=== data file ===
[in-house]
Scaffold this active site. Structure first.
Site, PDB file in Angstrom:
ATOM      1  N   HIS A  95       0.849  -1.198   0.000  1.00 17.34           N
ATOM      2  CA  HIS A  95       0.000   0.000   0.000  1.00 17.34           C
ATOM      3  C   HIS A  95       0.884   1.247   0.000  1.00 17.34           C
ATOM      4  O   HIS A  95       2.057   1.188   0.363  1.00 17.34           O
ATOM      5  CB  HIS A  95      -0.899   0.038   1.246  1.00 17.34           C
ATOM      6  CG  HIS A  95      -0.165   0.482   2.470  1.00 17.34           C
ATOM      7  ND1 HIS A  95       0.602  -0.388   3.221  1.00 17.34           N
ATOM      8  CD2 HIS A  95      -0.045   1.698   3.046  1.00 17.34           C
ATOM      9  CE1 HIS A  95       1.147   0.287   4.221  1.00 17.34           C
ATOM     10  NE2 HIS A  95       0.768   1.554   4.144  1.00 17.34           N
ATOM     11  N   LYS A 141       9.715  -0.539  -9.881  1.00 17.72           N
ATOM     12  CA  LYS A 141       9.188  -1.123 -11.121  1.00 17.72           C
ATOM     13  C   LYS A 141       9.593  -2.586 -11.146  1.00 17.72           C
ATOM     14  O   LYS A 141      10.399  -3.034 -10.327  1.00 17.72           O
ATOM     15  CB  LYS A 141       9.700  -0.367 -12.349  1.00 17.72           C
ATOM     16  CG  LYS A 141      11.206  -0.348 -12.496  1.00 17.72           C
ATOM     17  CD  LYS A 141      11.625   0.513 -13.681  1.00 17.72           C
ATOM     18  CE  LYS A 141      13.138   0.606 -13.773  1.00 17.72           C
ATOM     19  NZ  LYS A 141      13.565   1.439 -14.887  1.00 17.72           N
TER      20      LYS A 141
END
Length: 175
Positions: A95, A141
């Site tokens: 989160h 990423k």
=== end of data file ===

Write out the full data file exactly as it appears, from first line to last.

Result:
[in-house]
Scaffold this active site. Structure first.
Site, PDB file in Angstrom:
ATOM      1  N   HIS A  95       0.849  -1.198   0.000  1.00 17.34           N
ATOM      2  CA  HIS A  95       0.000   0.000   0.000  1.00 17.34           C
ATOM      3  C   HIS A  95       0.884   1.247   0.000  1.00 17.34           C
ATOM      4  O   HIS A  95       2.057   1.188   0.363  1.00 17.34           O
ATOM      5  CB  HIS A  95      -0.899   0.038   1.246  1.00 17.34           C
ATOM      6  CG  HIS A  95      -0.165   0.482   2.470  1.00 17.34           C
ATOM      7  ND1 HIS A  95       0.602  -0.388   3.221  1.00 17.34           N
ATOM      8  CD2 HIS A  95      -0.045   1.698   3.046  1.00 17.34           C
ATOM      9  CE1 HIS A  95       1.147   0.287   4.221  1.00 17.34           C
ATOM     10  NE2 HIS A  95       0.768   1.554   4.144  1.00 17.34           N
ATOM     11  N   LYS A 141       9.715  -0.539  -9.881  1.00 17.72           N
ATOM     12  CA  LYS A 141       9.188  -1.123 -11.121  1.00 17.72           C
ATOM     13  C   LYS A 141       9.593  -2.586 -11.146  1.00 17.72           C
ATOM     14  O   LYS A 141      10.399  -3.034 -10.327  1.00 17.72           O
ATOM     15  CB  LYS A 141       9.700  -0.367 -12.349  1.00 17.72           C
ATOM     16  CG  LYS A 141      11.206  -0.348 -12.496  1.00 17.72           C
ATOM     17  CD  LYS A 141      11.625   0.513 -13.681  1.00 17.72           C
ATOM     18  CE  LYS A 141      13.138   0.606 -13.773  1.00 17.72           C
ATOM     19  NZ  LYS A 141      13.565   1.439 -14.887  1.00 17.72           N
TER      20      LYS A 141
END
Length: 175
Positions: A95, A141
């Site tokens: 989160h 990423k």